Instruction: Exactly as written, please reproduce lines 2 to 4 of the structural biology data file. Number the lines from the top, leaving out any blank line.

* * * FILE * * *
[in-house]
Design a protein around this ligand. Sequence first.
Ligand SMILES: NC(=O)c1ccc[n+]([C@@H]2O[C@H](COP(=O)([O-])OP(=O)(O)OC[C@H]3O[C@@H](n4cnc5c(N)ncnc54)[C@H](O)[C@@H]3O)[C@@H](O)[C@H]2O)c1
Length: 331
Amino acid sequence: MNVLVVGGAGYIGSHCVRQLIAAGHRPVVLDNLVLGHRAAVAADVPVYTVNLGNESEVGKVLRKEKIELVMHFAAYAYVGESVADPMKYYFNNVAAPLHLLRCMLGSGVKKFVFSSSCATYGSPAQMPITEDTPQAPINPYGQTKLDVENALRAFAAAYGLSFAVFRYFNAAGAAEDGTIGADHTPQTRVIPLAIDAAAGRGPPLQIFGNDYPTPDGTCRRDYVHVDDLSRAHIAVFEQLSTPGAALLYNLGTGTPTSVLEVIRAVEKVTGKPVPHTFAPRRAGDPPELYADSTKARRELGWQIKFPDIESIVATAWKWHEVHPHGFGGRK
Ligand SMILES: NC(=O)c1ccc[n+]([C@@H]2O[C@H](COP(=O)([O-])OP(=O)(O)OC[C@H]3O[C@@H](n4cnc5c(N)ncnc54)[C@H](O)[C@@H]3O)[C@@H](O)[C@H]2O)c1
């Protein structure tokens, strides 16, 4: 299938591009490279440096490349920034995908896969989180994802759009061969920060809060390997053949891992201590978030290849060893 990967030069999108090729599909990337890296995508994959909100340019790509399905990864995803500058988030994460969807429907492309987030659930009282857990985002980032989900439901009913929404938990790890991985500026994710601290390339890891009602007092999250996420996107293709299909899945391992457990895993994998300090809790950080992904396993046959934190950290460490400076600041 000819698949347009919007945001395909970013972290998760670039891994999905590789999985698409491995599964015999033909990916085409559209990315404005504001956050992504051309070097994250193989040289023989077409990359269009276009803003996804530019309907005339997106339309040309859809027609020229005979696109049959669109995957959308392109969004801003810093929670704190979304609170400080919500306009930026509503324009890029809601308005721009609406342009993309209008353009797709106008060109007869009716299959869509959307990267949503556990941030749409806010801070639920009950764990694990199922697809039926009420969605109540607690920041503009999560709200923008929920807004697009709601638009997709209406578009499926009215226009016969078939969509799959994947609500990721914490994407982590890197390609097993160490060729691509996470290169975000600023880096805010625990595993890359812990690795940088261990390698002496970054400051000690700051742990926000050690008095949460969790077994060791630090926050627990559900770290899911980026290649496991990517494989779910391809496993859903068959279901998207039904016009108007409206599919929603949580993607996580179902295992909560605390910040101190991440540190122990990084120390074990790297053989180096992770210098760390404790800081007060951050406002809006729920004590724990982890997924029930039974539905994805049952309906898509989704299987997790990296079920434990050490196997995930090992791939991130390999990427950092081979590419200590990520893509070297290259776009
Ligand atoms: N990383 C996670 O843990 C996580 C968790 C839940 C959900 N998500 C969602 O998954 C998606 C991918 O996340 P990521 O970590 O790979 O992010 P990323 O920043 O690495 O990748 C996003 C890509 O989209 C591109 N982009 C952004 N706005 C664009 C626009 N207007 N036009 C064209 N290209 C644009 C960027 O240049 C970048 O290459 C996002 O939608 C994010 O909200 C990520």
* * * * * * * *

Design a protein around this ligand. Sequence first.
Ligand SMILES: NC(=O)c1ccc[n+]([C@@H]2O[C@H](COP(=O)([O-])OP(=O)(O)OC[C@H]3O[C@@H](n4cnc5c(N)ncnc54)[C@H](O)[C@@H]3O)[C@@H](O)[C@H]2O)c1
Length: 331